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We consider a firm that provides multiple services using both specialized and flexible capacity. The problem is formulated as a two-stage, single-period stochastic program. The firm invests in capacity before the actual demand is known and optimally assigns capacity to customers when demand is realized. Sample applications include a car rental company's use of mid-sized cars to satisfy unexpectedly high demand for compact cars and an airline's use of business-class seats to satisfy economy-class demand. We obtain an analytical solution for a particular case, when services may be upgraded by one class. The simple form of the solution allows us to compare the optimal capacities explicitly with a solution that does not anticipate flexibility. Given that demand follows a multivariate normal distribution, we analytically characterize the effects of increasing demand correlation on the optimal solution. For the case with two customer classes, the effects of demand correlation are intuitive: Increasing correlation induces a shift from flexible to dedicated capacity. When there are three or more classes, there are also adjustments to the resources not directly affected by the correlation change. As correlation rises, these changes follow an alternating pattern (for example, if the optimal capacity of one resource rises, then the optimal capacity of the adjacent resource falls). These results make precise conjectures based on numerical experiments that have existed in the literature for some time.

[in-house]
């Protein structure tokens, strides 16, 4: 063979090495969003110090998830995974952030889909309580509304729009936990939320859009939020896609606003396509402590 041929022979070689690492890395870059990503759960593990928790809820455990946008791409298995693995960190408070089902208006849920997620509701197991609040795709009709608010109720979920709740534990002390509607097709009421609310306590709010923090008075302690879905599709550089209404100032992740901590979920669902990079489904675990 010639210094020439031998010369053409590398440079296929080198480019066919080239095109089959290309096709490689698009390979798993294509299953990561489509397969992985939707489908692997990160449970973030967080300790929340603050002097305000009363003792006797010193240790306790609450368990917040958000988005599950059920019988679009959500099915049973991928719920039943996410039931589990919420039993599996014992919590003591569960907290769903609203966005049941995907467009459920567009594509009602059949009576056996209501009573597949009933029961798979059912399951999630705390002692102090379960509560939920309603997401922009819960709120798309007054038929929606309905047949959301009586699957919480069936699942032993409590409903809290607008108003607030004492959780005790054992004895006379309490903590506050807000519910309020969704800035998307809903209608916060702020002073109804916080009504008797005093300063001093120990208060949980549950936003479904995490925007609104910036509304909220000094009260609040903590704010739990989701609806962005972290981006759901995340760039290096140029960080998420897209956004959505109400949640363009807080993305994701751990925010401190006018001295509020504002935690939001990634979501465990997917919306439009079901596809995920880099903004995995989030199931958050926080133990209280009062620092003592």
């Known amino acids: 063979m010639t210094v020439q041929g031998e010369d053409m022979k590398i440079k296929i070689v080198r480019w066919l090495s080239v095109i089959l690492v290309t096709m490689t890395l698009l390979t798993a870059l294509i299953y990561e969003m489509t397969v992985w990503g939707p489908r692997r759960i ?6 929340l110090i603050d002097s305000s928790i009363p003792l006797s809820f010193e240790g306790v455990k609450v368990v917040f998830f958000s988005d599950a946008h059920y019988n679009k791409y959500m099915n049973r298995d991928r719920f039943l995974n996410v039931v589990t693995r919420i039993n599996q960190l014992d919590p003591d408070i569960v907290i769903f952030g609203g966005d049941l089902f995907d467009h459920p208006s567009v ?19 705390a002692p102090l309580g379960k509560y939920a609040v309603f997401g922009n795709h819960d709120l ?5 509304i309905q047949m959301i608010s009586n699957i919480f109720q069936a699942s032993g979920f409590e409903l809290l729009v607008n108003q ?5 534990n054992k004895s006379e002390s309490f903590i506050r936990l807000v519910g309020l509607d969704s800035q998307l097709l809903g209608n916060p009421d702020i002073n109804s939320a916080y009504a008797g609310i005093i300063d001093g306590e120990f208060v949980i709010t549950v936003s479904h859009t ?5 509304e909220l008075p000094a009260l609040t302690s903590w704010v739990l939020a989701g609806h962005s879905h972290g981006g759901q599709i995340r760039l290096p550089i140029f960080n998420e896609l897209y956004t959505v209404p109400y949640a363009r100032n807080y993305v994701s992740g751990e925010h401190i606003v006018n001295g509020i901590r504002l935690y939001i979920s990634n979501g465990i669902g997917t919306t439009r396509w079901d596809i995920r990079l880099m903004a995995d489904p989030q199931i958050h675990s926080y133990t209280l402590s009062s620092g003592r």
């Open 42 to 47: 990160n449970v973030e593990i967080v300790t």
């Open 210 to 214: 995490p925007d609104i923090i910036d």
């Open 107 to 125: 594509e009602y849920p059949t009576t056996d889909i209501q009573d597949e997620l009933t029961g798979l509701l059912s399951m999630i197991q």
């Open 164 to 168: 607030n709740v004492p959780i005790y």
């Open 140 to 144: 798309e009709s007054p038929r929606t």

Facilities/equipment planning: application to services, inventory/production, stochastic, multiproduct: substitution and demand correlation
Netessine, S., Dobson, G., & Shumsky, R. A. (2002). Flexible Service Capacity: Optimal Investment and the Impact of Demand Correlation. Operations Research, 50 (2), 375-388. http://dx.doi.org/10.1287/opre.50.2.375.428
Date Posted: 27 November 2017
This document has been peer reviewed.